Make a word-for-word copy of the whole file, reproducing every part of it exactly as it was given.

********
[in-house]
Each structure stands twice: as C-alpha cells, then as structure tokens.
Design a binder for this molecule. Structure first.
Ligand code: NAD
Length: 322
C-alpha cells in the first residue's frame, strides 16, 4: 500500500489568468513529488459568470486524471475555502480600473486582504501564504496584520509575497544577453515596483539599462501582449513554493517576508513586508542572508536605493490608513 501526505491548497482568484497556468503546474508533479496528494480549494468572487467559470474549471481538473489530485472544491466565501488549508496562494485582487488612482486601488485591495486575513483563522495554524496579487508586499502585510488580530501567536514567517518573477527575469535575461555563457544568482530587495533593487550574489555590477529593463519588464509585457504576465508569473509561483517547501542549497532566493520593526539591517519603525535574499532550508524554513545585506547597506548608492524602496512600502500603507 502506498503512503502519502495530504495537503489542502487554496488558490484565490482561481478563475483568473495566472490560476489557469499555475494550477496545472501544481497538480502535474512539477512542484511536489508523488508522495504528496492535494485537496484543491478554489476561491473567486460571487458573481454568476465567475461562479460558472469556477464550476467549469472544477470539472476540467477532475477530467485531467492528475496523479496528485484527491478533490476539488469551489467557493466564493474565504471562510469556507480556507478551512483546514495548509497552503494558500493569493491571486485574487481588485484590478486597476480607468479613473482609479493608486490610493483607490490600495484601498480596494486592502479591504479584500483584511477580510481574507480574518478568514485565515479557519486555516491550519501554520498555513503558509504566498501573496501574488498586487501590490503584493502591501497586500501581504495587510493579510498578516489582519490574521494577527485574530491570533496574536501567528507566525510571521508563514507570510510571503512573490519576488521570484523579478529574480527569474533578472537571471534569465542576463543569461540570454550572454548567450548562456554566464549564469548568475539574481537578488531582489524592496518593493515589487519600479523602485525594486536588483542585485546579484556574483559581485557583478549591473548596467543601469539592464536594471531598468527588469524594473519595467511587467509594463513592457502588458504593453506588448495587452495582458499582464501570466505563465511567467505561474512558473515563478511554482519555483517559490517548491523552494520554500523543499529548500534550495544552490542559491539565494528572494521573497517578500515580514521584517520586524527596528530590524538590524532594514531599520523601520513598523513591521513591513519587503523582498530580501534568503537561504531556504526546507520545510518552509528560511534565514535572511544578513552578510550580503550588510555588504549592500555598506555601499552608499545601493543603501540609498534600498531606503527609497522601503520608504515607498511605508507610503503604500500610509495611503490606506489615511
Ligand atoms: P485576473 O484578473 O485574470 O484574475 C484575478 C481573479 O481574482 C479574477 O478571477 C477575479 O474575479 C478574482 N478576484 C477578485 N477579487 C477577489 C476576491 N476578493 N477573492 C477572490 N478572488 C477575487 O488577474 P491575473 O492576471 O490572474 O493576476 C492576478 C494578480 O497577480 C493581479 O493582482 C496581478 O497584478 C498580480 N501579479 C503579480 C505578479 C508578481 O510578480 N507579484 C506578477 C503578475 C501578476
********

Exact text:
[in-house]
Each structure stands twice: as C-alpha cells, then as structure tokens.
Design a binder for this molecule. Structure first.
Ligand code: NAD
Length: 322
C-alpha cells in the first residue's frame, strides 16, 4: 500500500489568468513529488459568470486524471475555502480600473486582504501564504496584520509575497544577453515596483539599462501582449513554493517576508513586508542572508536605493490608513 501526505491548497482568484497556468503546474508533479496528494480549494468572487467559470474549471481538473489530485472544491466565501488549508496562494485582487488612482486601488485591495486575513483563522495554524496579487508586499502585510488580530501567536514567517518573477527575469535575461555563457544568482530587495533593487550574489555590477529593463519588464509585457504576465508569473509561483517547501542549497532566493520593526539591517519603525535574499532550508524554513545585506547597506548608492524602496512600502500603507 502506498503512503502519502495530504495537503489542502487554496488558490484565490482561481478563475483568473495566472490560476489557469499555475494550477496545472501544481497538480502535474512539477512542484511536489508523488508522495504528496492535494485537496484543491478554489476561491473567486460571487458573481454568476465567475461562479460558472469556477464550476467549469472544477470539472476540467477532475477530467485531467492528475496523479496528485484527491478533490476539488469551489467557493466564493474565504471562510469556507480556507478551512483546514495548509497552503494558500493569493491571486485574487481588485484590478486597476480607468479613473482609479493608486490610493483607490490600495484601498480596494486592502479591504479584500483584511477580510481574507480574518478568514485565515479557519486555516491550519501554520498555513503558509504566498501573496501574488498586487501590490503584493502591501497586500501581504495587510493579510498578516489582519490574521494577527485574530491570533496574536501567528507566525510571521508563514507570510510571503512573490519576488521570484523579478529574480527569474533578472537571471534569465542576463543569461540570454550572454548567450548562456554566464549564469548568475539574481537578488531582489524592496518593493515589487519600479523602485525594486536588483542585485546579484556574483559581485557583478549591473548596467543601469539592464536594471531598468527588469524594473519595467511587467509594463513592457502588458504593453506588448495587452495582458499582464501570466505563465511567467505561474512558473515563478511554482519555483517559490517548491523552494520554500523543499529548500534550495544552490542559491539565494528572494521573497517578500515580514521584517520586524527596528530590524538590524532594514531599520523601520513598523513591521513591513519587503523582498530580501534568503537561504531556504526546507520545510518552509528560511534565514535572511544578513552578510550580503550588510555588504549592500555598506555601499552608499545601493543603501540609498534600498531606503527609497522601503520608504515607498511605508507610503503604500500610509495611503490606506489615511
Ligand atoms: P485576473 O484578473 O485574470 O484574475 C484575478 C481573479 O481574482 C479574477 O478571477 C477575479 O474575479 C478574482 N478576484 C477578485 N477579487 C477577489 C476576491 N476578493 N477573492 C477572490 N478572488 C477575487 O488577474 P491575473 O492576471 O490572474 O493576476 C492576478 C494578480 O497577480 C493581479 O493582482 C496581478 O497584478 C498580480 N501579479 C503579480 C505578479 C508578481 O510578480 N507579484 C506578477 C503578475 C501578476